For many investors, there is a simple solution – hold more cash. One if its virtues is that it protects portfolios from correlation risk – the danger that assets will all fall together.

However, consider using some of the £1.5m you are due to receive to pay off your mortgage. Doing this would protect you from both the risk of rising rates and equity returns falling short of the roughly 3 per cent interest rate I assume you pay on your mortgage.

Your investments comprise a mix of defensive stocks such as Hikma Pharmaceuticals (HIK), AstraZeneca (AZN) and Unilever (ULVR), cyclicals such as airlines, and more speculative plays.

The problem is, though, diversification works both ways – it dilutes good returns as well as bad ones. The circumstances in which, say, Hikma and Unilever would do well might be the ones in which airlines do badly – if investors become more pessimistic about the economy and vice-versa.

So your investment portfolio is something like a tracker fund except that you’ve acquired it at more expense and in a more time consuming way. But you have avoided the error of holding high-charging funds.

It’s very easy to do this if you take a piecemeal approach to investing, for example, buying a stock that looks good now, another in a few weeks’ time and then another.

So, instead, consider what possible states of the world you want exposure to and which ones do you not. For example, if you want exposure to an environment in which investors are more optimistic about the economic upturn, hold airlines. If you want to avoid such an environment, say, because you fear investors will become more pessimistic – hold more defensives. If you want exposure to improving investor sentiment, consider speculative stocks. And if you want the opposite, avoid them. 

 

P K Patel, client director at Handelsbanken Wealth Management, says:

A £1.5m injection of capital provides a golden opportunity to try to achieve your longer-term objectives: pay off your debts, secure a comfortable retirement from age 60 and help your daughter onto the property ladder.

You are already taking a number of very productive steps in saving, using Isa allowances and building up your pension. Your cash holdings sensibly represent around six months of expenditure at a £75,000 a year income level. And with and extra £1.5m coming in you could immediately be mortgage free.

If you are clear about your goals now and plan effectively, I believe that all your long-term goals are achievable. But to plan successfully from here some fine tuning is essential.

I would encourage you to consult a wealth planner on whether you are using all of your tax allowances efficiently. They could also perform a cash-flow exercise for you, which would assess what financial resources you will require at age 60 and by how much your capital will need to grow each year to reach this amount.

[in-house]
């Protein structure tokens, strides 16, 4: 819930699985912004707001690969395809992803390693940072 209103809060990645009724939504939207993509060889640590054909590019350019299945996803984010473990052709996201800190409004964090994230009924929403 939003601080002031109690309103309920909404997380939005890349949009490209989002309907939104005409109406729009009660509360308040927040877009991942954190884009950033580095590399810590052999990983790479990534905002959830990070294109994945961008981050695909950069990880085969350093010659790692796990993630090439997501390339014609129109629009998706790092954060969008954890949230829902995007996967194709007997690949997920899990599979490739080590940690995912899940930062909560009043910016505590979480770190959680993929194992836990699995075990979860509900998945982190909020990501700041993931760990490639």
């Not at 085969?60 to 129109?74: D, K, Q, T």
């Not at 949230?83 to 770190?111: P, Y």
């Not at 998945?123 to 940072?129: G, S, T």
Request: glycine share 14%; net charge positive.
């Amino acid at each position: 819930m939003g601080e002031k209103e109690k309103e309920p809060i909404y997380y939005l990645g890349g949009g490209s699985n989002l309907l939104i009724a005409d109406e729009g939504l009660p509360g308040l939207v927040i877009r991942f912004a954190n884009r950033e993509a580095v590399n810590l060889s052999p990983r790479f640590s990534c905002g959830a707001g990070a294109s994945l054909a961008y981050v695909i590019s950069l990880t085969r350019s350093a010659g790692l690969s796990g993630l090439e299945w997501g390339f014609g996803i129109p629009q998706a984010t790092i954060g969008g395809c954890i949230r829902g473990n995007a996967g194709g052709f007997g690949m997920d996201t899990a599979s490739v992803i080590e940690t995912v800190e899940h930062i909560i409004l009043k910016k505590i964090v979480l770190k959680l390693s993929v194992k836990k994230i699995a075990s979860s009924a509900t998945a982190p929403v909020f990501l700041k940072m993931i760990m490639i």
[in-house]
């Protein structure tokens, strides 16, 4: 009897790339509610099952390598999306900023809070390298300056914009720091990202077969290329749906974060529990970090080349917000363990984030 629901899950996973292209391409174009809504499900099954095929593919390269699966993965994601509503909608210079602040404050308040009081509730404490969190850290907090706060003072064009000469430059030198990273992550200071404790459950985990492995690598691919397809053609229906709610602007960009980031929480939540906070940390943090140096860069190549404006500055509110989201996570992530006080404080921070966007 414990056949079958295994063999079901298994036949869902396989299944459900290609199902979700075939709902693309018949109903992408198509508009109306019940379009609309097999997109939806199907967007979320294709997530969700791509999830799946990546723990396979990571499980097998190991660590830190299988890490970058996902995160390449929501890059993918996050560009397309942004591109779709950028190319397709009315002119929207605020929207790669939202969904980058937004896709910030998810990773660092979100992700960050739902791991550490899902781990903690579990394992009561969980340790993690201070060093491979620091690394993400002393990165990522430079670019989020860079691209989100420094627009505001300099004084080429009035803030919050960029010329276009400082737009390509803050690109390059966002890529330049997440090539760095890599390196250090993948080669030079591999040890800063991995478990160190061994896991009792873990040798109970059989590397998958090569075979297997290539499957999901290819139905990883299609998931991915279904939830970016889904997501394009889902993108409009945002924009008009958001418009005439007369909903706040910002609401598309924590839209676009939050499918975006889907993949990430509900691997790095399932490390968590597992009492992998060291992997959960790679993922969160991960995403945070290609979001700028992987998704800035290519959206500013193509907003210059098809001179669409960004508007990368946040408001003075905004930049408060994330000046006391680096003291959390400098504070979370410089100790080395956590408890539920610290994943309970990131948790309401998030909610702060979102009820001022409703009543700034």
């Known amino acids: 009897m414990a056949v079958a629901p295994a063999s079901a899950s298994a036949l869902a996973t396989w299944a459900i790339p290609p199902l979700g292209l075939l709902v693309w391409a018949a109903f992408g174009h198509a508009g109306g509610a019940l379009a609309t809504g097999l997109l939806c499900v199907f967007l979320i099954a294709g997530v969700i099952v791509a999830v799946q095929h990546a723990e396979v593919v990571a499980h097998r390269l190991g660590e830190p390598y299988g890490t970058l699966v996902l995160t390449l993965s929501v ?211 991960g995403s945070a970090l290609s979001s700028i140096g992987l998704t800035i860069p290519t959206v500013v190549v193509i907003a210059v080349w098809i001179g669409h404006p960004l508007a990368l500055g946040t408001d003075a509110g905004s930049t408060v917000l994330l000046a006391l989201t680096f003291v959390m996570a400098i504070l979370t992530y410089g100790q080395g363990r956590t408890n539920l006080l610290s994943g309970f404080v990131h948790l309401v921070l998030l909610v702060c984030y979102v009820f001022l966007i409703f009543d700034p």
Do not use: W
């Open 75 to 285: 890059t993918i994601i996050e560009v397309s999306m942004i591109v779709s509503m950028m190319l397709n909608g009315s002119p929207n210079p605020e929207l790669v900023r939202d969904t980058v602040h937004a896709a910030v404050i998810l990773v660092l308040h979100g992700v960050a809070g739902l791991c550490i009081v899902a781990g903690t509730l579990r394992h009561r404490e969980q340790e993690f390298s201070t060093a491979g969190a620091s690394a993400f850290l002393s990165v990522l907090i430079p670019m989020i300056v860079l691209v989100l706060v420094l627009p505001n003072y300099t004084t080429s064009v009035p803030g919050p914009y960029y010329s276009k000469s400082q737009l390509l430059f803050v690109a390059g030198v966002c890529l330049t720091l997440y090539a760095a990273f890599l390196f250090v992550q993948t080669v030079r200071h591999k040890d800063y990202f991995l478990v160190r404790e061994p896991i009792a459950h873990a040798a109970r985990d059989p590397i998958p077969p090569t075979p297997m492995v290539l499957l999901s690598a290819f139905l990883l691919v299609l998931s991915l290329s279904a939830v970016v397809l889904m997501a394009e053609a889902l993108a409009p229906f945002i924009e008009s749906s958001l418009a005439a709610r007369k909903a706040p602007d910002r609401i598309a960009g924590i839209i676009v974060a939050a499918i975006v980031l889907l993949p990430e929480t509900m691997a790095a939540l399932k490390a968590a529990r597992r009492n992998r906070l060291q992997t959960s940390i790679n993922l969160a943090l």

Often, the level of risk you need to take to achieve your objectives differs to the level you want or think you have to take. Despite being spread across a broad range of sectors, your trading account is relatively high risk as it is invested exclusively in equities.

Your pension savings have a significant role to play in achieving your long-term goals. Pension consolidation could be sensible, depending on the charges and underlying policy terms involved.

As a high earner, you appear to be exceeding your tapered annual allowance. This is likely to be creating a tax liability when declared on your tax return unless you have unused allowances from the previous three years. If you do have unused allowances, your £1.5m bonus could allow you to make full use of any unused allowances while gaining up to 45 per cent tax relief.

You are interested in adding more sustainable assets such as renewable energy. But a significant portion of your investments are already in sustainable assets such as technology, healthcare and pharmaceuticals businesses. The investable universe for sustainable assets is very broad and there are a wide range of options, so you do not have to compromise on financial returns.

To help your daughter onto the property ladder, you could ring fence some of the proceeds of your forthcoming £1.5m payment, for example, using a bare trust. Or you could set up one or more Isas in your daughter’s name. As she is age 16, she is entitled to both an adult cash Isa and a Junior Isa each tax year until she reaches age 18. At that point, the junior Isa would also become an adult Isa either held in cash and/or investments. Your savings goal of £100,000 could be achieved comfortably within four years, if you use her full Isa allowances each year.

When she turns 18, consider a Lifetime Isa. The government will add 25 per cent to your daughter’s savings in this, up to a maximum of £1,000 per year, and it can be used to purchase a first home.